Panasonic 45-200mm f/4-5.6 G Lens for MFT

Screen Shot 2014-08-13 at 20.53.28I suppose this lens has been knocking around for a couple of years now. It’s designed for the G-Series Panasonic cameras, has a micro-four-thirds mount.

Panasonic offer a slightly smaller and lighter less zoomy lens (for about the same price), which might be better suited for my Panasonic GM1, which is the dinkiest interchangeable lens system camera you can get.

Here’s the thing, though. Any zoom lens is going to look oversized on my little orange GM1, and the point of a zoom is the zoom. So I decided to go for the extra 50mm of focal length that this offers, and when I go out to take pictures with it, I’m resigned to the idea that I’m hefting a great wallop of a lens around with me. For all-day shooting, walking around as a tourist, street photography, or whatever, I’ll stick with the kit lens and leave this at home. But I always knew that would be the case.

Screen Shot 2014-08-13 at 20.54.06I’m quite pleased with the performance of this lens. It has a fairly reasonable widest f-stop for a budget zoom, and it seems to focus quite quickly. It has a manual focus ring, and built-in optical image stabilisation, which can be switched off. I’ve managed some indoor shots with relatively slow shutter. This one, for example, is 1/15th of a second, hand-held.14887807295_4f4bafe097_z

I’m quite pleased with that. I might be able to go lower (I’ve managed 1/10th and even 1/8th of a second exposures with other cameras – I have steady hands), but we’ll see if the situation arises.

I paid €269 for the lens. I might have been able to find it a few € cheaper, but it was there in the shop and I could take it away with me. I’m hoping to get a decent shot of the Alps from the bottom of our garden, but believe it or not, we haven’t had clear enough visibility in the four weeks we’ve been here this summer.

There are a few more test shots in this Flickr album.

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Panasonic DMC-GM1 Review (part 1)

DMC-GM1KEB _Gallery7_WOC_20131011This is the camera I’ve been waiting for all my photographic life.

I’ve used and owned a number of point-and-shoot camera and SLRs, analogue and digital, over the years, with mixed feelings of various kinds.

My first couple of SLRs were borrowed. There was a lovely Canon AE-1 my sister had, with a couple of lenses including a very sharp 35mm; and my brother-in-law’s Pentax body with a really fast (f1.4?) 50mm lens. My first SLR purchase was another Canon, a cheapish one, with a kit lens. I was never happy with this camera. On “Auto” settings, it struggled to get the correct exposure, especially with backlighting, and it was so low-end that the manual settings were limited.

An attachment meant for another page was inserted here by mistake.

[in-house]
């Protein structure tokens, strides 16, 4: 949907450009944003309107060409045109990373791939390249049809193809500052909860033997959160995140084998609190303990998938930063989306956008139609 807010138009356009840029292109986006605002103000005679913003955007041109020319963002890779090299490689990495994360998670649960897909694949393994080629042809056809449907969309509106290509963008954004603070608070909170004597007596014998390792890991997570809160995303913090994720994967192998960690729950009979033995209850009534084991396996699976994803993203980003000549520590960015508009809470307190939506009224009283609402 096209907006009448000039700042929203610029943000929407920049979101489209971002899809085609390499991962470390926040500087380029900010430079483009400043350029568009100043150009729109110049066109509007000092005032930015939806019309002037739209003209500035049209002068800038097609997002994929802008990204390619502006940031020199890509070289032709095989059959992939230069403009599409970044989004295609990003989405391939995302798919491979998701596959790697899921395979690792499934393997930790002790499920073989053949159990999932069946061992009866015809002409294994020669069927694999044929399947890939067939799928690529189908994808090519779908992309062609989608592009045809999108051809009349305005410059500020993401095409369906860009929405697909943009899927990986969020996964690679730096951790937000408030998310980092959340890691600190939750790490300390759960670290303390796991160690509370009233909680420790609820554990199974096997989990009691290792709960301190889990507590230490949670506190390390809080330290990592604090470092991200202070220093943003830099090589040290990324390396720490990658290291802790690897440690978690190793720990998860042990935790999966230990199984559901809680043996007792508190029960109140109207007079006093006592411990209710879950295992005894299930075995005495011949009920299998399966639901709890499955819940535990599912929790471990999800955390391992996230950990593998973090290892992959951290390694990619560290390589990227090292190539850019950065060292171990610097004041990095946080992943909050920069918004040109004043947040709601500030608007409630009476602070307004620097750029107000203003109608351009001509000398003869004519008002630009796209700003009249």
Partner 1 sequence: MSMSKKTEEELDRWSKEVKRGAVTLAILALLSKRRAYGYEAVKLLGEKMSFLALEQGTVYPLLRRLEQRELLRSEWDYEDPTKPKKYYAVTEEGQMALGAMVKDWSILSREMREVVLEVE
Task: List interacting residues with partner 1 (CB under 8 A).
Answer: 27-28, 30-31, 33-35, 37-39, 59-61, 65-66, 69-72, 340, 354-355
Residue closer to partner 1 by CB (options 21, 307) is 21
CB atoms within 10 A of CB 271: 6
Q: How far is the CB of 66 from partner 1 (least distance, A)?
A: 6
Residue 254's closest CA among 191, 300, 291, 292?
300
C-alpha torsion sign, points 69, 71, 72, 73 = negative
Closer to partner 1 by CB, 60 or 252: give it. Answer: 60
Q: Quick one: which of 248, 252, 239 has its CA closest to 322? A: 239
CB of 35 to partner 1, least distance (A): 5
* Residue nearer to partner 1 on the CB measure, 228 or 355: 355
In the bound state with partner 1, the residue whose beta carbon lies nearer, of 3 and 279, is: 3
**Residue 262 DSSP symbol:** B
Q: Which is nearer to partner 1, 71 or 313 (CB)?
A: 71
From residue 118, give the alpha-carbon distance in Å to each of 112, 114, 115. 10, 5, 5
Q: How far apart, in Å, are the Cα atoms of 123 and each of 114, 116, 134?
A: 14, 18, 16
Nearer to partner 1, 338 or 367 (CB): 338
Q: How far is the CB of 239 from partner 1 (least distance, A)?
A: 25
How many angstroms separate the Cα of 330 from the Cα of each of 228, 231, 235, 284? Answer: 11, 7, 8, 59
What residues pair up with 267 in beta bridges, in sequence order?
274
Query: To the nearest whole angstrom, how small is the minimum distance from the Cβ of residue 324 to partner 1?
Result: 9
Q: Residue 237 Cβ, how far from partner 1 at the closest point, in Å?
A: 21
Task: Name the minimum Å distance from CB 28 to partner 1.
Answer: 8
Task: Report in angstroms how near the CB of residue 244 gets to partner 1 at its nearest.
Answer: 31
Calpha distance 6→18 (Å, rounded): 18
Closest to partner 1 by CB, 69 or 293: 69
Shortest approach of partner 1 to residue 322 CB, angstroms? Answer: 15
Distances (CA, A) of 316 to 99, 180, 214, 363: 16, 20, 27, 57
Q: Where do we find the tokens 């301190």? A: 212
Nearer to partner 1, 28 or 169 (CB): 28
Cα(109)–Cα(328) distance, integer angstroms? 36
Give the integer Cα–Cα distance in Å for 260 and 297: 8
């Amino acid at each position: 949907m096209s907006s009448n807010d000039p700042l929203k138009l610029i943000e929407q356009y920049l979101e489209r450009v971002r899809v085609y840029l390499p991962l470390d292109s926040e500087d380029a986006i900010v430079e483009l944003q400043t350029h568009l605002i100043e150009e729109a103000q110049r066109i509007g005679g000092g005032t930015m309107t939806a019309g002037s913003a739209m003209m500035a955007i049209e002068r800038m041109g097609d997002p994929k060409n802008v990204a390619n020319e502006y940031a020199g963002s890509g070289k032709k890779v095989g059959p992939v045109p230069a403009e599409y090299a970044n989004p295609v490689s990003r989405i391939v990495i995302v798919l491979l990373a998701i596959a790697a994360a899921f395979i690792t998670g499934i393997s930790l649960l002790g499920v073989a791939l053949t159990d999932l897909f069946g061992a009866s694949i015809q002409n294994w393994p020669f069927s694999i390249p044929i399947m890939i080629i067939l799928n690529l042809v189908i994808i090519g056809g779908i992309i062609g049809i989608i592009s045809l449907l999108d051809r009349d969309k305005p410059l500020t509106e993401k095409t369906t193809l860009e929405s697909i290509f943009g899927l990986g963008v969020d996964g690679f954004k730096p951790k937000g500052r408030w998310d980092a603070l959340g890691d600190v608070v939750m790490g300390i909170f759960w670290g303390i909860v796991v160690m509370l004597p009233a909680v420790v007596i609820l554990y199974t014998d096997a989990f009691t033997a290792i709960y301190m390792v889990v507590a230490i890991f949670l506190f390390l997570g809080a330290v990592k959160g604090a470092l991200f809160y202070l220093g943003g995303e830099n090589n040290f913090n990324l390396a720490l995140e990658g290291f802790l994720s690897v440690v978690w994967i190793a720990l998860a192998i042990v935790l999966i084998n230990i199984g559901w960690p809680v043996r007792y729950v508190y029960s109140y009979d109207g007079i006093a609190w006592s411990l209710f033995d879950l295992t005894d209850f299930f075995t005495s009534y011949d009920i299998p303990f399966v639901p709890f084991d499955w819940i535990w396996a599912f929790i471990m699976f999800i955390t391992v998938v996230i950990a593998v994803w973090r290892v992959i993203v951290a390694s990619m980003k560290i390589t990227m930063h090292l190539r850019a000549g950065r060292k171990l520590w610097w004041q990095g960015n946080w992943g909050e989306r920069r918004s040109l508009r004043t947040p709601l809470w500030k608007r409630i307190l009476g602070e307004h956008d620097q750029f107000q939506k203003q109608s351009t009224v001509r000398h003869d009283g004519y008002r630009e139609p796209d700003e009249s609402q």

So I got rid of that. A few years later, I bought a Pentax SLR (there’s a pattern here), which was a nice camera. I took some good photos with it, including this one, I think:

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But the thing about SLR cameras, the thing that always stopped me from using them as much as I might have, was the sheer bulk and weight. Going out with a bag with spare lenses, carrying a tripod, wearing it on a strap around your neck all day long: I just couldn’t stand it. Apart from the weight, the rubbing on your neck/shoulder, there was the issue of looking too much like a tourist.

So I tended to leave them at home, more often than not.

My first digital camera was a reaction against all that: the Minolta Dimage F300 was a compact point and shoot digital with 5 megapixels and a 3x zoom. In many ways, I still consider this a technological peak. It was small enough to fit in a pocket; its 5 megapixels was plenty enough for a decent 6×4 print and yet there weren’t so many pixels squeezed into the small sensor to cause noise problems; and its lens was excellent. I really enjoyed this camera, and took some great pictures with it, until I dropped it and the zoom stopped working.

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So happy with my Minolta was I that I immediately went out and bought another: the A200. Now we were up to 8 megapixels, I never felt the images were as good as on the F300. On the other hand, the optics were still good, and the zoom on this one was 7x with image stabilisation. As I hate using flash and love taking pictures in low light, I really got on with this. Over the years, I’ve developed a steady pair of hands and I can take un-blurred low-light pictures with just about any camera at very low shutter speeds.

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But the A200 was a heavy beast. I bought a wider, softer strap, but still found it a pain to carry around.

Since owning an iPhone, I’ve tended to use that, though I’ve also owned a couple of Panasonic Lumux point-and-shoots, including my most recent, the TZ18, with its 16x zoom.

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I love a super-zoom, but the ever-increasing pixel count on tiny sensors has meant that I’ve never really seen an improvement over the Minolta F300 I owned in the early 2000s.

I’ve been watching the development of the Compact System Camera with interest. The bodies were getting smaller, the operations more simple. Essentially, what I want is a compact point-and-shoot with a big sensor. Some of these have started to appear, but it was when I saw the announcement of the GM1 that I decided it was for me.

It has a micro-four-thirds sensor in a tiny body. The body is about the same size as my TZ18, though the kit lens is a bit more prominent and it weighs a little bit more. I may or may not get another lens or two with it. Most important to me is the image quality from the bigger sensor and the fact that I can carry it in a pocket.

The GM1 is available in black-on-black, silver-on-black, or… orange. As soon as I saw the orange, I knew I was going to get that one. But then it appeared as if disaster had struck: the orange was to be available only in airports. I figured that situation wouldn’t last long, and so it proved.

Amazon had it at the full list price of £630, John Lewis didn’t have orange at all, but I found a couple of on-line retailers who appeared to be offering it.